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  • Tuesday, September 16, 2014

    The Giant's Causeway

    I woke, packed up, and said goodbye to another great campsite on Northern Ireland's northern coast.

    I've never seen any animal so incapable of containing his excitement. It didn't matter that there was a man attached to the other end of his lease. He'd still run at the waves, leap into the air to crash into them, only to be yanked back before ever reaching them. Then he'd dart the other direction as far as he could, get choked, then run back to the waves for another failed attempt. If I could bottle that enthusiasm, I'd never be able to hold a job again.
      
    The Causeway Coast Way got me off the roads and onto the cliff tops...

    ...with the most beautiful views in Northern Ireland.

    Next on the Causeway Coast Way was a place I looked forward to seeing ever since I decided to hike across Ireland and the UK, The Giant's Causeway
    The Giant's Causeway is an area of about 40,000 interlocking basalt columns, the result of an ancient volcanic eruption. I love science and geology, but in this case, I'd rather talk about the mythology and how Giant's Causeway may have gotten its name.
    One version of the story is that the giant Finn MacCool, from Gaelic mythology, was challenged to a fight by the Scottish giant Benandonner.
     
    Since he was Finn F'ing MacCool, he accepted the challenge and built the causeway across the North Channel to Scotland, so they could meet. Even though Finn MacCool has the most badass name ever to grace thine ears, the size of Benandonner scared him...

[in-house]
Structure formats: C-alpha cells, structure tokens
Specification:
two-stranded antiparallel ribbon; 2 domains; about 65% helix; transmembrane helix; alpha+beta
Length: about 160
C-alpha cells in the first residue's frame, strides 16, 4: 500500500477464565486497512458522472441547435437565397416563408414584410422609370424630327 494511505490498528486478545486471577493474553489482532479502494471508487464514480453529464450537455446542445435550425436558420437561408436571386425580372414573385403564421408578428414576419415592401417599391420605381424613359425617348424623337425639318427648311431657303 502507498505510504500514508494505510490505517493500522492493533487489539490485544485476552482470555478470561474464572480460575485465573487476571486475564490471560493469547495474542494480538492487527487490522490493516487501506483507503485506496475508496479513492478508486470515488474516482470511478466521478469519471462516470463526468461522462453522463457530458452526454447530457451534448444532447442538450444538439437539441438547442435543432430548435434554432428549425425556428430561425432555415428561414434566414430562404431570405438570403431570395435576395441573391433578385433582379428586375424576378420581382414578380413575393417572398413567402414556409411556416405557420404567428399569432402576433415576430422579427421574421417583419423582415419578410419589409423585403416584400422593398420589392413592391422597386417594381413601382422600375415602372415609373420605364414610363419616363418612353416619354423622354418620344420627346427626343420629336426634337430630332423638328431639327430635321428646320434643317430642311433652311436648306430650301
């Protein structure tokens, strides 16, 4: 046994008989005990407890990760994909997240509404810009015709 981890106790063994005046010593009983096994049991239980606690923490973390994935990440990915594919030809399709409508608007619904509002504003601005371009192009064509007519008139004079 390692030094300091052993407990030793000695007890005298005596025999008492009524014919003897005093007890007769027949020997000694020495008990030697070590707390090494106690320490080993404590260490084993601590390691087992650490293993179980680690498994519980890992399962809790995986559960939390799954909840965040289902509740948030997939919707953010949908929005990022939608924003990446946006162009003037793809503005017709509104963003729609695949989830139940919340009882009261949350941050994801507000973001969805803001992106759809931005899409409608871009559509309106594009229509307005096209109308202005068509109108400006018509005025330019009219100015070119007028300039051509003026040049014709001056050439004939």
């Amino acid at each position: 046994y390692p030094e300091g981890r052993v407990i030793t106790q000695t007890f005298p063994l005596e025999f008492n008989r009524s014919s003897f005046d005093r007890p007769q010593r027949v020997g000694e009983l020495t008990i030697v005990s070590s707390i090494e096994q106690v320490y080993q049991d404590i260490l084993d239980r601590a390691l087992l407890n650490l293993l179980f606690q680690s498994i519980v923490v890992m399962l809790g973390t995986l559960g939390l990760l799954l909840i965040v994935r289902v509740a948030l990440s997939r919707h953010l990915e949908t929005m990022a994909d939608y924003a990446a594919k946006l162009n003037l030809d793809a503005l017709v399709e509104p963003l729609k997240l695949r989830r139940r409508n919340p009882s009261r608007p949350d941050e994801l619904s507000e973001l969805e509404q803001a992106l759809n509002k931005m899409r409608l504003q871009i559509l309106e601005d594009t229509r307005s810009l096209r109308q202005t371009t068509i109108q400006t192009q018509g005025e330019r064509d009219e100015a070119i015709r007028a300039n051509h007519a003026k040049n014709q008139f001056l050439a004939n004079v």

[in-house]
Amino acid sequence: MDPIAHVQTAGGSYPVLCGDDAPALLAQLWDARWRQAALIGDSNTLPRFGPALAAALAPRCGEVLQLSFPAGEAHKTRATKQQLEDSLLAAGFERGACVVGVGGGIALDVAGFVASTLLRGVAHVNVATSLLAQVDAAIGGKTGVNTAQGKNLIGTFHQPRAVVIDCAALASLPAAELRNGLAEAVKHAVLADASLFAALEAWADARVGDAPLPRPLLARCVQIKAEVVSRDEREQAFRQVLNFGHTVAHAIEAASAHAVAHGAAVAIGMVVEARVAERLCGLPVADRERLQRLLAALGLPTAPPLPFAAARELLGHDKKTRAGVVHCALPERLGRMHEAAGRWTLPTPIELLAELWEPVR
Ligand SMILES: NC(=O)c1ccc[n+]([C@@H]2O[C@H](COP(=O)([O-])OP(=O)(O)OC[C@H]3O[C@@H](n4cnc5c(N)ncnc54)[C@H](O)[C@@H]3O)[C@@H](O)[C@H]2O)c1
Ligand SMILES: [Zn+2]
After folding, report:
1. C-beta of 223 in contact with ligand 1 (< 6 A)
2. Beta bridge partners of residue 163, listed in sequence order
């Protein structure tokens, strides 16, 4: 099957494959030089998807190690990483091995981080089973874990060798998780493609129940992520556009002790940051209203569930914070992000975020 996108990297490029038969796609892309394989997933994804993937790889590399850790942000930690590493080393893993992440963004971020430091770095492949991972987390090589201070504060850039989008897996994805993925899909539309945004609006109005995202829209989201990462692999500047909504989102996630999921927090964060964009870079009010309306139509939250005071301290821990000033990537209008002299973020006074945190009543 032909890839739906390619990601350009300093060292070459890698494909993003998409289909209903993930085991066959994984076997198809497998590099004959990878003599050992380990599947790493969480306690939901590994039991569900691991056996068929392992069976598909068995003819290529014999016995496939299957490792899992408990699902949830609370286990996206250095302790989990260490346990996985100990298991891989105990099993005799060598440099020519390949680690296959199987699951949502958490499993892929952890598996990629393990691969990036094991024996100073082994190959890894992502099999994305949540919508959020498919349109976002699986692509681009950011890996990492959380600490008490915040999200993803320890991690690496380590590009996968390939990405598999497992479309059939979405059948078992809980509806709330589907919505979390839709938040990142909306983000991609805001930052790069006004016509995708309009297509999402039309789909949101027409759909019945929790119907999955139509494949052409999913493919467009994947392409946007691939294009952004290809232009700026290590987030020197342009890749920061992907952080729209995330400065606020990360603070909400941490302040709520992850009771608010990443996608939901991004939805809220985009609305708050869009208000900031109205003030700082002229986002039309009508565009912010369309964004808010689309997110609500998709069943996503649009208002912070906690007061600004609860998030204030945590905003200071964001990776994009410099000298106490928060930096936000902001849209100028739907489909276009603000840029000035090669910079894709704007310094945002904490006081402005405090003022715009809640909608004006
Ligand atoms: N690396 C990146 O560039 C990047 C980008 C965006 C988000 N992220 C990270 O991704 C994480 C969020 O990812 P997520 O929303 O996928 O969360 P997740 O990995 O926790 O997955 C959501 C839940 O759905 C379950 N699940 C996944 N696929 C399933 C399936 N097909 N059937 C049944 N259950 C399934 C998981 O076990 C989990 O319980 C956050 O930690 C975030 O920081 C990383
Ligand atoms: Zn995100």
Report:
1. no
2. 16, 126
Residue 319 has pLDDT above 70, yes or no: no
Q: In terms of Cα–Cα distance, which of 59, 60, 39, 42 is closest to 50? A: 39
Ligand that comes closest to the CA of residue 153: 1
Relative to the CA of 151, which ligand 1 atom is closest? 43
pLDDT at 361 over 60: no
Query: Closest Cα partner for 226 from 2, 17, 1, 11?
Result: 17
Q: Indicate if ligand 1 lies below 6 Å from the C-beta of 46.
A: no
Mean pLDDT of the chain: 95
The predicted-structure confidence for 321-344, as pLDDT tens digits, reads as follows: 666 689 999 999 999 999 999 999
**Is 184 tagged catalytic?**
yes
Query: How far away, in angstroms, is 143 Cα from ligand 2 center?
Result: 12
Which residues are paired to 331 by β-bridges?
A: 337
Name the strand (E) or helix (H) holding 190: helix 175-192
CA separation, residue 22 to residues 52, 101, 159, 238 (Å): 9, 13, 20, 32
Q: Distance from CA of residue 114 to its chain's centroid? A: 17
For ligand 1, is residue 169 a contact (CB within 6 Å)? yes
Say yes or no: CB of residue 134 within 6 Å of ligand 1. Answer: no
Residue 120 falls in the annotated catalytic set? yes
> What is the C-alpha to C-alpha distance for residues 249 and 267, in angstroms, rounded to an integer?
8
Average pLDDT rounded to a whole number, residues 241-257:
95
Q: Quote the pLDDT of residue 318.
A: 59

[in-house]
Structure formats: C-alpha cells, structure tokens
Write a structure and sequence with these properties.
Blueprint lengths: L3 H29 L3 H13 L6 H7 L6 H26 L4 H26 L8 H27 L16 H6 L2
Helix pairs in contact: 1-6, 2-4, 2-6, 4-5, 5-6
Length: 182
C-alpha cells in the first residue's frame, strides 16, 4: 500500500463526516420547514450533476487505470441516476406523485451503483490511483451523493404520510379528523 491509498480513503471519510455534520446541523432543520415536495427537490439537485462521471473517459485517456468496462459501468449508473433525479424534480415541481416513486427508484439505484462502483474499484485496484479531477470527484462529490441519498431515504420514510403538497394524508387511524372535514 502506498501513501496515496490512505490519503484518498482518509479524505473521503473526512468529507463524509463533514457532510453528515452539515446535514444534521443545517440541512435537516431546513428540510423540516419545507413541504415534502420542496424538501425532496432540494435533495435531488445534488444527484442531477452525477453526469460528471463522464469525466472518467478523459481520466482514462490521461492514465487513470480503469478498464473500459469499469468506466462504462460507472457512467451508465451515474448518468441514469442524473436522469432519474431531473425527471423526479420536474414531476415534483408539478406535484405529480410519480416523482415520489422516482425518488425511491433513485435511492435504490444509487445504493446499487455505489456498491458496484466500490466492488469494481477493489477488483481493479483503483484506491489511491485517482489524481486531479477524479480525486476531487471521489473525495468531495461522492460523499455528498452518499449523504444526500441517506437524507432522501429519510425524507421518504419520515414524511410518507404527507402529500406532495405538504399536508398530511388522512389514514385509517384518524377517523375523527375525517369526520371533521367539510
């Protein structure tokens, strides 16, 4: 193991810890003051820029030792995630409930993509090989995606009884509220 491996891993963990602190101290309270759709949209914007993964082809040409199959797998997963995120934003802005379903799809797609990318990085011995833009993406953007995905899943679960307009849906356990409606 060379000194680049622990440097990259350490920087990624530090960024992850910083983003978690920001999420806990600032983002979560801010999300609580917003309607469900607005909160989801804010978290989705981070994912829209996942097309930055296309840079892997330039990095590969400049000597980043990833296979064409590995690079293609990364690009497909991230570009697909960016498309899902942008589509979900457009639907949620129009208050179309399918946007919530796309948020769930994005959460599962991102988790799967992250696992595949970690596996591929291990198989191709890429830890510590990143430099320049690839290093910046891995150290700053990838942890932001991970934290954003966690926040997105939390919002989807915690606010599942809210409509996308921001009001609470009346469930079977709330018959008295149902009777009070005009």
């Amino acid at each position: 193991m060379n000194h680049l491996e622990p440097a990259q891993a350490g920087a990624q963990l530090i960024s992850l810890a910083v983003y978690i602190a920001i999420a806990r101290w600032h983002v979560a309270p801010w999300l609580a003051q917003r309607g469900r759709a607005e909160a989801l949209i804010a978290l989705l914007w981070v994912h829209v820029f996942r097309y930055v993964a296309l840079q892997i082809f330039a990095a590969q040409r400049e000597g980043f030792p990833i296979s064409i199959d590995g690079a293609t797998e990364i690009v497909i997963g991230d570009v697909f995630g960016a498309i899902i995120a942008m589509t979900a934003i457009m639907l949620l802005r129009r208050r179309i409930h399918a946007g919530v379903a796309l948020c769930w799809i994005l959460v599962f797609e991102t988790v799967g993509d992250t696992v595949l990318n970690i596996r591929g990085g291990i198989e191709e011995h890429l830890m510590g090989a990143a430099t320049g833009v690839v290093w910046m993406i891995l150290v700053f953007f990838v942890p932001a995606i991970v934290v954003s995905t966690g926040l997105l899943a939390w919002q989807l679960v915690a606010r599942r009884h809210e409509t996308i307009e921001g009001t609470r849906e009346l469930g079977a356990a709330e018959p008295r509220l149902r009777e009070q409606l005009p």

So Finn and his wife came up with another plan. They disguised Finn as their baby and tucked him into a cradle. When Benandonner saw the size of the baby, he figured its father Finn, must be a giant among giants, so fled back to Scotland, destroying the causeway behind him, so Finn couldn't follow.

    The ancient lava flow that created the causeway, formed when Ireland and Scotland were still connected, so there are identical basalt columns across the North Channel in Scotland. And so the legend was born.

    After leaving the Giant's Causeway behind me, I needed to rejoin the Causeway Coast Way back on the cliff tops. I wasn't happy to see the path had been closed due to a mudslide that took out a section of trail.

    So I hopped the fences. I'm a backpacker, not a backtracker.